Success and Failure Reasons

Success and Failure Reasons

Success and Failure Reasons in ERP Implementation in IRAN

  • Realistic Development of Project Schedule and Plan
ERP implementations can fail because organizations underestimate the magnitude of the undertaking and develop a project plan with an unrealistic timeline that leaves no flexibility to accommodate delays due to even minor unforeseen circumstances. In fact, these “unknowns” can result in significant project delays, as the dependencies between activities tend to affect project schedule and resource costs because team members are not effectively utilized. Planning and managing milestones are critical success factors for the execution of a successful ERP project schedule. While it’s important to give consideration to resource loading to ensure the team is equipped to handle the project, it’s extraordinarily difficult to maintain a fully resource-balanced plan at the task level for a large ERP implementation.
 
  • Appropriate Business Involvement 
Another potential risk area during the ERP implementation process is lack of appropriate involvement from the functional areas of the business. Each business process (e.g., Order to Cash, Record to Report and Requisition to Payment) on a large implementation should have a process owner whose full-time job is the success of the ERP implementation. Process owners should be empowered to make functional decisions about the “to-be” business processes, as well as for scoping, testing and issue resolution. In large organizations, the process owner role may become permanent, continuing on after implementation to provide global decision-making, issue resolution and governance for units conducting business within the same ERP system.
 
  • Organizational Change Management 
The impact the user community has on the overall success of an ERP system implementation should not be ignored. An ERP solution will change the way people work in the organization, making their activities much more connected and transparent. Existing business processes are likely to change or even become unnecessary, as might the responsibilities of individual employees.
Change management – a planned approach to change in an organization – is vital to providing structure for the workforce’s transition and acceptance of the ERP system. A common mistake is to think of change management as simply “training.” A formal change management plan should be developed and a change management team gathered to work throughout the ERP project life cycle to support change management issues related to the system’s implementation.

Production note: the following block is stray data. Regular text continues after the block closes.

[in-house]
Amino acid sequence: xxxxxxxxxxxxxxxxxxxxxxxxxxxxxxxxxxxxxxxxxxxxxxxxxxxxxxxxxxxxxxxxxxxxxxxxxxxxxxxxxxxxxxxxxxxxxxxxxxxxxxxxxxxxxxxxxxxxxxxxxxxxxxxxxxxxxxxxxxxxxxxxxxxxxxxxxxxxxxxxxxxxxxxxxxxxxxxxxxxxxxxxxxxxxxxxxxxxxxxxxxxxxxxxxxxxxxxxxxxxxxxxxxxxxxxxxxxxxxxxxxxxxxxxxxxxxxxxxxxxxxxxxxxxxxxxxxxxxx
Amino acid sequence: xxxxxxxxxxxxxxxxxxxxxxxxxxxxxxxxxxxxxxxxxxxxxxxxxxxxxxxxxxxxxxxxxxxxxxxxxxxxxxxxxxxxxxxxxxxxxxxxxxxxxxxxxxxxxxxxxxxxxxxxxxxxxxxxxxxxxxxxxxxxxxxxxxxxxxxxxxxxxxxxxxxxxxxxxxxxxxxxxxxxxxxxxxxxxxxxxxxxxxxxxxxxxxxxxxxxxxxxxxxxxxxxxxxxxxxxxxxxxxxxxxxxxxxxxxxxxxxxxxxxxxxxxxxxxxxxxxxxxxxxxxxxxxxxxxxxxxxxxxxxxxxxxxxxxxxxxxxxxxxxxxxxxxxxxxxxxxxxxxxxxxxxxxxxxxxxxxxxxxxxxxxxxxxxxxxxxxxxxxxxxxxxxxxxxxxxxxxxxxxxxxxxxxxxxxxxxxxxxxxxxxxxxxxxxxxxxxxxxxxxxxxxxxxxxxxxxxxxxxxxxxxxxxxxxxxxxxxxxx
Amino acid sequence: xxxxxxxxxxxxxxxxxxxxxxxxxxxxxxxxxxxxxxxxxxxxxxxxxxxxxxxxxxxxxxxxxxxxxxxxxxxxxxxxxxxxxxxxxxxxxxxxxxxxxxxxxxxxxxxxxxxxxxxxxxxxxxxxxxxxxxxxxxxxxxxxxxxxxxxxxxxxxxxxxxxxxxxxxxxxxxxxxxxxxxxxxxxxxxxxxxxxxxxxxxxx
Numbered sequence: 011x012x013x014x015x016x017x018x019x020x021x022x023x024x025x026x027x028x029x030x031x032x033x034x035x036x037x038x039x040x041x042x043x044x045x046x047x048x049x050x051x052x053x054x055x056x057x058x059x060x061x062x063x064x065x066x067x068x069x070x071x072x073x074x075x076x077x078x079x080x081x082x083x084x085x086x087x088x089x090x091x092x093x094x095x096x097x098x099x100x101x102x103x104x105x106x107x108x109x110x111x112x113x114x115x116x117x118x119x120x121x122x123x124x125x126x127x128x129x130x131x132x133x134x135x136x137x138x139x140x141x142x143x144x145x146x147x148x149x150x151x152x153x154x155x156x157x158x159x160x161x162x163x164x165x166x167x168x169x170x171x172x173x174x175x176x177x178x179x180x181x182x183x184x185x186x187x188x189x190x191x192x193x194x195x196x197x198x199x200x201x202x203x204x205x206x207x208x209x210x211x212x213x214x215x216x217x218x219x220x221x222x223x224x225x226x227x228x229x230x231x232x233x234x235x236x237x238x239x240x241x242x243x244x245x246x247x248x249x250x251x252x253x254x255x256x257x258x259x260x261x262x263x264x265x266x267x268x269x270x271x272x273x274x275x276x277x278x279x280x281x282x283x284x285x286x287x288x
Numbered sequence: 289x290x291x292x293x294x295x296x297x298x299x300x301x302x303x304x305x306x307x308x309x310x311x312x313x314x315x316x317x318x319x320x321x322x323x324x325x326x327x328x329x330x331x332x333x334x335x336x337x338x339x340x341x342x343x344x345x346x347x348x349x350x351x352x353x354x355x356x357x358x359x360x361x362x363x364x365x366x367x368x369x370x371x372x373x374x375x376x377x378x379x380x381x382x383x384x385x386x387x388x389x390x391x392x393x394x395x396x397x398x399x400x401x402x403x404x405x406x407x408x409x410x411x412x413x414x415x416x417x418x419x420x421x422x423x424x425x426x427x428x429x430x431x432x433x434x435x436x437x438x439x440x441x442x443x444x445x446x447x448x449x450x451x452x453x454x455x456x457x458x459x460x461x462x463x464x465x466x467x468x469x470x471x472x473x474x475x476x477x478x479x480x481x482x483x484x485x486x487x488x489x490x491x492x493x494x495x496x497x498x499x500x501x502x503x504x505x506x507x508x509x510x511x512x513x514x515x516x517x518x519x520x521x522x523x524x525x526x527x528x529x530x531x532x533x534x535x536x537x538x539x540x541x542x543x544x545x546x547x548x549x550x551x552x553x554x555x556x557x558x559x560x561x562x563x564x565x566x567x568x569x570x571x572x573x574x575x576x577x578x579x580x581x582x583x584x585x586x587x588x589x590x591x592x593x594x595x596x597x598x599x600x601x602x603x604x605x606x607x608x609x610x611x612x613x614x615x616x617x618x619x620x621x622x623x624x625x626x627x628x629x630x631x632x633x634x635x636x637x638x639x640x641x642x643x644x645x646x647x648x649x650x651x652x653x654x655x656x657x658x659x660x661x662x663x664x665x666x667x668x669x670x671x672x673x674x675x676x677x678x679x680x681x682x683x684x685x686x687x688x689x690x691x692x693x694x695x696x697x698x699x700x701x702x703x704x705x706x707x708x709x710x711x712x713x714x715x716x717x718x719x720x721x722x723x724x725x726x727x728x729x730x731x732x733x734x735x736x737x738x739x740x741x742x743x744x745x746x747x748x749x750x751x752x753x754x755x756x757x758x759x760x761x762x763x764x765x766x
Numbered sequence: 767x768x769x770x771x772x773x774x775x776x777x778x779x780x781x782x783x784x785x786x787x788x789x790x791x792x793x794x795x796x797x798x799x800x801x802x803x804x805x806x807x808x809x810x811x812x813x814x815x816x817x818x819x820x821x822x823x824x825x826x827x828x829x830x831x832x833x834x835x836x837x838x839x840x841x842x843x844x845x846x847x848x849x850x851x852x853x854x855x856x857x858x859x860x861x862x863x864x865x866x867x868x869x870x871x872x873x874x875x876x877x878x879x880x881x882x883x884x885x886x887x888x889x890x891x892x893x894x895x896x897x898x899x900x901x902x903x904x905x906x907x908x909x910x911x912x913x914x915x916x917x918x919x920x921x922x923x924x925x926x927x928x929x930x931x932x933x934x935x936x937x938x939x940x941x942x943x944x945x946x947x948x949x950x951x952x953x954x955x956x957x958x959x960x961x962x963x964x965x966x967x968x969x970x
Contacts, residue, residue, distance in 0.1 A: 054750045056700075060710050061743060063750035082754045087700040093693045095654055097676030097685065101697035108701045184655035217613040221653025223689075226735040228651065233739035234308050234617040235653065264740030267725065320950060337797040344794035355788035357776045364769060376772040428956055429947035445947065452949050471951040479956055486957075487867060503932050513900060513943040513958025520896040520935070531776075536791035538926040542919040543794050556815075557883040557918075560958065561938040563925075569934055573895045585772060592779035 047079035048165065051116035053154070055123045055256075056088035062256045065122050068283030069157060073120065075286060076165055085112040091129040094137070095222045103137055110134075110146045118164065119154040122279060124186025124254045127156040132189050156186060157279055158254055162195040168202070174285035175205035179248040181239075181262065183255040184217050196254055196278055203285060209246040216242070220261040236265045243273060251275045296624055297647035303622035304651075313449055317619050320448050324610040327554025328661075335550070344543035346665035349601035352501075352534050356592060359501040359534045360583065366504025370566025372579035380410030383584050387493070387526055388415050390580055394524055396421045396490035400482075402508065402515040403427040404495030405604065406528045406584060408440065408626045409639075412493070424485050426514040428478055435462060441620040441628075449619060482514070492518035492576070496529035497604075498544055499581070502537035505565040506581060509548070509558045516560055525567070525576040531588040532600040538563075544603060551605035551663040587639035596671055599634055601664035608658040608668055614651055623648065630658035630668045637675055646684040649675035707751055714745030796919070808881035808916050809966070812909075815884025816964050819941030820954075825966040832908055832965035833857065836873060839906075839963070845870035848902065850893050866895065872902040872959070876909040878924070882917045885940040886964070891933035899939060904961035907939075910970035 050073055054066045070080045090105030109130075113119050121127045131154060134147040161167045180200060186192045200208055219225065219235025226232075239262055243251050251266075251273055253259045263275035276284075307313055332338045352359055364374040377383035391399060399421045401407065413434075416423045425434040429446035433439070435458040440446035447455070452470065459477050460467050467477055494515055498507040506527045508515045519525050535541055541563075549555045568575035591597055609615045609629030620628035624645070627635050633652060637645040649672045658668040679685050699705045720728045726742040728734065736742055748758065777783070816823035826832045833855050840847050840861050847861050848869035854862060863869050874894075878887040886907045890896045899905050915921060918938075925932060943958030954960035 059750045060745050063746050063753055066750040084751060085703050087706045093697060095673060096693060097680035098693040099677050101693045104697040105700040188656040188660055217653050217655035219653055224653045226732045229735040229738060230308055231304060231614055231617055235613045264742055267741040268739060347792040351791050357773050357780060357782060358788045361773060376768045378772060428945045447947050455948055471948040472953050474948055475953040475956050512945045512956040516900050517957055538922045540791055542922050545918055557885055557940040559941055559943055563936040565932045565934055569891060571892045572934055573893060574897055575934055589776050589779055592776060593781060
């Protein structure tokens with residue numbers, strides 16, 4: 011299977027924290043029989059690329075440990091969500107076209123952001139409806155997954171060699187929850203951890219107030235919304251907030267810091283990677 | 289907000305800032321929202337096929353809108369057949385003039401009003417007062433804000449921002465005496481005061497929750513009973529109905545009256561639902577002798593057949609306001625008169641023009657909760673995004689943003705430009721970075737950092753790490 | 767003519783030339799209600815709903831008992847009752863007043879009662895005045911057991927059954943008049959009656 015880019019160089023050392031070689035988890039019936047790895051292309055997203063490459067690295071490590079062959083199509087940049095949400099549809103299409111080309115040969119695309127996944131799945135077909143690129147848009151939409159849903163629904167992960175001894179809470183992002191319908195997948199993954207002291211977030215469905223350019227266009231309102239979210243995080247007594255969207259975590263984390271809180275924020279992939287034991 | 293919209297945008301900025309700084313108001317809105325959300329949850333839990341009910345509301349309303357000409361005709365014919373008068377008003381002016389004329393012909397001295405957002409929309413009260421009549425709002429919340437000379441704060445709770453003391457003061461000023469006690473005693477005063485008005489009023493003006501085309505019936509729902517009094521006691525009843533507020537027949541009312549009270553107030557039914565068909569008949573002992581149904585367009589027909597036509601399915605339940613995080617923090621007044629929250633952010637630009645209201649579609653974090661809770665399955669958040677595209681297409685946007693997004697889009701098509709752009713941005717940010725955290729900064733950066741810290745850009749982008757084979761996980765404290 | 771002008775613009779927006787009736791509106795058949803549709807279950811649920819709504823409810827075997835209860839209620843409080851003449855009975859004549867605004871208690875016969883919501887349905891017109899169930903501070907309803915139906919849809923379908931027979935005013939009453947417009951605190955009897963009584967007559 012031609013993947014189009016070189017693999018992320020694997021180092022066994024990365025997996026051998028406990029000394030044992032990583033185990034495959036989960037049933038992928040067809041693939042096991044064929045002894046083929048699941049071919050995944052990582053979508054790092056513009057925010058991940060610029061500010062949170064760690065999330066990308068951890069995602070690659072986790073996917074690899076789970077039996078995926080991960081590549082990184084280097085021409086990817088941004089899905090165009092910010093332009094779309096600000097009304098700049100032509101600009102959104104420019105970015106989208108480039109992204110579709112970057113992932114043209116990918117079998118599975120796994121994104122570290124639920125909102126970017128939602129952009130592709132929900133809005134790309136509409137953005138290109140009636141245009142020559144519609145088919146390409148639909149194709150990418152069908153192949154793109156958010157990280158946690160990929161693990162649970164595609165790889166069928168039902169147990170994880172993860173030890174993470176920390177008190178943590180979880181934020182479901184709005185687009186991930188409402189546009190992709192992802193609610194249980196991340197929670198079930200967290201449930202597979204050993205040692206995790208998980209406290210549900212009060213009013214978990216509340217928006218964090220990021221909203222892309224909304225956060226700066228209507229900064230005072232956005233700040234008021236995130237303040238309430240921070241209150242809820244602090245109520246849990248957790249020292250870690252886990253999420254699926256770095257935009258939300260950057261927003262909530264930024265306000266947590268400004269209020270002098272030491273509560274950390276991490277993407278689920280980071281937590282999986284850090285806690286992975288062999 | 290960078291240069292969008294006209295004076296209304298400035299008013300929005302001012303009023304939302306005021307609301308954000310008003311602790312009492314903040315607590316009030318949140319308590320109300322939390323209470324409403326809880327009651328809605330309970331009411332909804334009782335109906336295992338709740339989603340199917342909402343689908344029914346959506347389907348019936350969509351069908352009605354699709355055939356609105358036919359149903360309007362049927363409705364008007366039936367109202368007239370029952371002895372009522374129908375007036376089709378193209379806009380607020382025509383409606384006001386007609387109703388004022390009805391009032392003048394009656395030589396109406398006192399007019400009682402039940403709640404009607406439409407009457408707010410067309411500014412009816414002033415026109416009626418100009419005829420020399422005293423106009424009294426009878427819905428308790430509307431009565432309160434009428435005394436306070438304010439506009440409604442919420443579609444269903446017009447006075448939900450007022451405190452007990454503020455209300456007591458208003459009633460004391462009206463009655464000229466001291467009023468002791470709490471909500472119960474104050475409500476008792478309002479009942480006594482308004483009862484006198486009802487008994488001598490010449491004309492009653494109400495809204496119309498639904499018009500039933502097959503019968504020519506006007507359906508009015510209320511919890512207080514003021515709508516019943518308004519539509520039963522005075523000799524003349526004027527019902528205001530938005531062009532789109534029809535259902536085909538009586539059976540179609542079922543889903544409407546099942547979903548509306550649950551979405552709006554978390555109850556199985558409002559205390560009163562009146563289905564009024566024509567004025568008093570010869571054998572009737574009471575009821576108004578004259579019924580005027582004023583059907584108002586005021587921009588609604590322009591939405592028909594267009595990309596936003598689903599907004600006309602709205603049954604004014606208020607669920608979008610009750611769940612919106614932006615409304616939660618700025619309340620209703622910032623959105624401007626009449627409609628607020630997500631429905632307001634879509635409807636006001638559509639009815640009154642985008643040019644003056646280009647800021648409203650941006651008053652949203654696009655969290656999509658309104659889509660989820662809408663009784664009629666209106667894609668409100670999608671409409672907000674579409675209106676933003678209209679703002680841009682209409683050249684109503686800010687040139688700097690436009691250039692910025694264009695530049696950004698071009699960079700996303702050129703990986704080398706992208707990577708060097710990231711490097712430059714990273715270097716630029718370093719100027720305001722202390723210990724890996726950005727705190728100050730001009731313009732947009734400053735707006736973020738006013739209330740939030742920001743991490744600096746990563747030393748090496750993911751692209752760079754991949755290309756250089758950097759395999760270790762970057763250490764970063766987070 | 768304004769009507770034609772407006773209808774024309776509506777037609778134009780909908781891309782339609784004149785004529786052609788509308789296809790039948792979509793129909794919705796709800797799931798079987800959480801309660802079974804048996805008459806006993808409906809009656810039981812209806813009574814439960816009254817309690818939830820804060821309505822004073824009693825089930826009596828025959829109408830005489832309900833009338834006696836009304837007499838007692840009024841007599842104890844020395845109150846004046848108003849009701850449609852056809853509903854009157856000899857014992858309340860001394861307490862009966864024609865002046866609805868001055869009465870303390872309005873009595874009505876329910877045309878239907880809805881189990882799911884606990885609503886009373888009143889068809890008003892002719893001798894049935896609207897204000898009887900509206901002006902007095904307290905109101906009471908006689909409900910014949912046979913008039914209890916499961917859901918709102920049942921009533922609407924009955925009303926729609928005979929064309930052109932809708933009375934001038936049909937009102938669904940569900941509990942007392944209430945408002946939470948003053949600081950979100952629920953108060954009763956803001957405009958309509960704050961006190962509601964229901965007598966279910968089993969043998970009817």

• Project Management and Executive Sponsorship
ERP systems are supposed to promote the flow of information throughout the organization, and enhance communication and decision-making. Yet one of the most significant and frequently identified risks to project success is lack of communication and slow decision-making among key stakeholders – such as executive management, the IT organization, business process owners, and compliance. The view that an ERP implementation is simply an “IT project” affects lack of engagement by stakeholders. Quite often, core business process owners are assigned responsibility for managing all aspects of the process, from overseeing system design to go-live, even if they have little or no experience as project managers or understanding of ERP systems.
 
  • Technical Infrastructure and Custom Development 
There is a wide range of technical issues – some anticipated in a formal risk assessment, some not – which can result in delay or failure in an ERP implementation. Common issues include: 
  • Insufficient knowledge transfer from the system integrator to the long-term support team 
  • Network and service-level issues associated with upgrading or outsourcing of data centers 
  • Insufficient system resources allocated for high demand on middleware and interface architectures 
  • Stressed network or insufficient bandwidth, especially at remote sites, due to inadequate volume and stress testing of the infrastructure 
  • Ineffective technical change management processes 
  • Inadequate or unproven business continuity and disaster recovery plans